But lately it has gone far off course. It started two weeks ago with a 4-0 loss to LAFC at home (that showed the massive gap between the West and the East this year). But the team has now failed to score in three straight games at home.

Luciano Acosta is playing poorly as of late and if you are a DC United fan, you hope it is not because he is disappointed about his failed transfer prior to the start of the season. Ulises Segura provided nothing. The backline looked shaky and vulnerable which forced the central midfielders to play further back. Why did Ben Olsen take Donovan Pines out of the game after his outing in Colorado?

Paul Arriola has the skills to be a good right back because he can cover a lot of ground, his final ball has improved, and his defense is very good for a winger. But you have to wonder if DC United needs him further up the field to help with Wayne Rooney in the attack. Right now, with the other attacking midfielders struggling, it is very easy for opponents to take Rooney out of the game.

DC United is still going to do well this season but a lot of that is due to the East being horrible. But DC is capable of better but Olsen needs to rethink a few of his selections.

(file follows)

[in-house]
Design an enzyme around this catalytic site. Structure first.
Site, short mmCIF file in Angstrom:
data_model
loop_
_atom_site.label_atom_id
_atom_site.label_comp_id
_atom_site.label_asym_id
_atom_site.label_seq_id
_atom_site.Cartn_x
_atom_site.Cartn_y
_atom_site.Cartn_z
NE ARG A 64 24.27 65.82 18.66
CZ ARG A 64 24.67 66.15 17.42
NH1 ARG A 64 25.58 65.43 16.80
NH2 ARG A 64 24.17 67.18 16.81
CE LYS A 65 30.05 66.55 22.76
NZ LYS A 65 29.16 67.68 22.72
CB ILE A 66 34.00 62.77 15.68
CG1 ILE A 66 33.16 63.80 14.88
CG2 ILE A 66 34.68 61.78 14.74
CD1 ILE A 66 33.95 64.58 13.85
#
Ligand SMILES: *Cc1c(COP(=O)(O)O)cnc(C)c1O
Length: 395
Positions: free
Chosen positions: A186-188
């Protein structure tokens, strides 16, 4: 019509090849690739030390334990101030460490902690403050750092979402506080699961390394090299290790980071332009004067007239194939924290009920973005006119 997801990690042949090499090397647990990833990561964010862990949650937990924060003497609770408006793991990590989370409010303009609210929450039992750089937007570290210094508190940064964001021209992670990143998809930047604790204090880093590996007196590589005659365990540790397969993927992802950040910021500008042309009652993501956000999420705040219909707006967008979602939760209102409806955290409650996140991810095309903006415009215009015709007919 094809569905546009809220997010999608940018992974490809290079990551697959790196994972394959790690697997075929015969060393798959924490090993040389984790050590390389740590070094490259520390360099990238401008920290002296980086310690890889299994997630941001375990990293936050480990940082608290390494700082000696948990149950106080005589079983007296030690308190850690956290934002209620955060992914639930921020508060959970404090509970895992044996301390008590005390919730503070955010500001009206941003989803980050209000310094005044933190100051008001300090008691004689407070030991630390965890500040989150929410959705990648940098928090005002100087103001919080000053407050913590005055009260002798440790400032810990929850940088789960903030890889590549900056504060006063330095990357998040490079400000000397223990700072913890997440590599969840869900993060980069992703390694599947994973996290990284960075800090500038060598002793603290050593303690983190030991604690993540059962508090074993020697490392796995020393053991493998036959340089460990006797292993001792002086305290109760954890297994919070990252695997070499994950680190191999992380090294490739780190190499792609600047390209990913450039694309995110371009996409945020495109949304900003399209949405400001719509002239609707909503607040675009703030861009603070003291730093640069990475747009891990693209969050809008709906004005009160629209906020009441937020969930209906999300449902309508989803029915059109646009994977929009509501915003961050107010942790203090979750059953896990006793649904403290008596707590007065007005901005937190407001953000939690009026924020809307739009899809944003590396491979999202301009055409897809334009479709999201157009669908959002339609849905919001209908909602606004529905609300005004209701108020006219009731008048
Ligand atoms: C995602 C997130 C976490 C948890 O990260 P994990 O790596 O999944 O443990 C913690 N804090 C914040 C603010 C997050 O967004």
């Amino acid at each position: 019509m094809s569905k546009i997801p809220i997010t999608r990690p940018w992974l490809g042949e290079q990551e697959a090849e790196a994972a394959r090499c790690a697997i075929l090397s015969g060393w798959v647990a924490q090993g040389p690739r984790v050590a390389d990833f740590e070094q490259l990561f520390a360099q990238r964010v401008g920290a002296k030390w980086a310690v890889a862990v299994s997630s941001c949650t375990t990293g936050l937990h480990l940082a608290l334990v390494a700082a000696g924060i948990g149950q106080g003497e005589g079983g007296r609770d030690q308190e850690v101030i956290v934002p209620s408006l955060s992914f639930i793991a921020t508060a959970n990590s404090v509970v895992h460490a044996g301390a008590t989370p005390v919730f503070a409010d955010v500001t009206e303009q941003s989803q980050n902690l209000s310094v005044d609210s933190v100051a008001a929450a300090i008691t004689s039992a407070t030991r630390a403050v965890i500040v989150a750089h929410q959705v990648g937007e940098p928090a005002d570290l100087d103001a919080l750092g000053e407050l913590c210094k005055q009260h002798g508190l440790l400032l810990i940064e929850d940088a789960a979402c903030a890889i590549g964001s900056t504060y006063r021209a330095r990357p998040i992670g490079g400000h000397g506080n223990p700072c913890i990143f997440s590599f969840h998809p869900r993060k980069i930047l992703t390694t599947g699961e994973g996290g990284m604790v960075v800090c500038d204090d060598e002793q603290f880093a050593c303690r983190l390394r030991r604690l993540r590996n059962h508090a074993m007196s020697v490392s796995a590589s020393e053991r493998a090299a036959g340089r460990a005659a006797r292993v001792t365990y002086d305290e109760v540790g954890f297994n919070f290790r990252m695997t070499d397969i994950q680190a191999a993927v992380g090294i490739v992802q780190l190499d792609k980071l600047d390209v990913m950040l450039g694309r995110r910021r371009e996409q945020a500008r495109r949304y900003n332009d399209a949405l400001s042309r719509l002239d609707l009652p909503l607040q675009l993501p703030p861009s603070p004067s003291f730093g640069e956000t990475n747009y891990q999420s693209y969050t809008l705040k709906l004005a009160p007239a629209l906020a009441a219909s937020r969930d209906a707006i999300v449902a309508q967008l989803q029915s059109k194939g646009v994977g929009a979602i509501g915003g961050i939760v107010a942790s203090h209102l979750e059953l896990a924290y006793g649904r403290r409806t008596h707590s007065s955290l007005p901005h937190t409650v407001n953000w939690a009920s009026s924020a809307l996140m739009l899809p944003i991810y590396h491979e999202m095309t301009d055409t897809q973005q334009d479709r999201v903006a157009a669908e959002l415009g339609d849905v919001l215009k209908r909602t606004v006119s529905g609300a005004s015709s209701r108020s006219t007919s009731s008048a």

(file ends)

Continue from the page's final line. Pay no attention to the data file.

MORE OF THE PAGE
Colorado’s shocking defense

Last season, Orlando set a record for the worst defense in the history of MLS when it conceded 74 goals in the regular season.

Through eight games, Colorado has conceded 23 goals. If you project that over a 34 game season, it would nearly 98 goals a season. That is absolutely shocking. It’s true that Chicago has performed better than expectations at the start of the season but it is tough to read to much into its 4-1 win on Saturday over Colorado.

Head coach Anthony Hudson is starting to panic and you can tell as the only defender to play all eight games has been right back Keegan Rosenberry. Axel Sjoberg has played five games and all other defenders have had fewer appearances. Hudson is trying everything and nothing is working. To his credit, there probably isn’t anything that can work with this roster. It is just poorly put together and like many teams in the league, it just didn’t spend enough on quality defenders.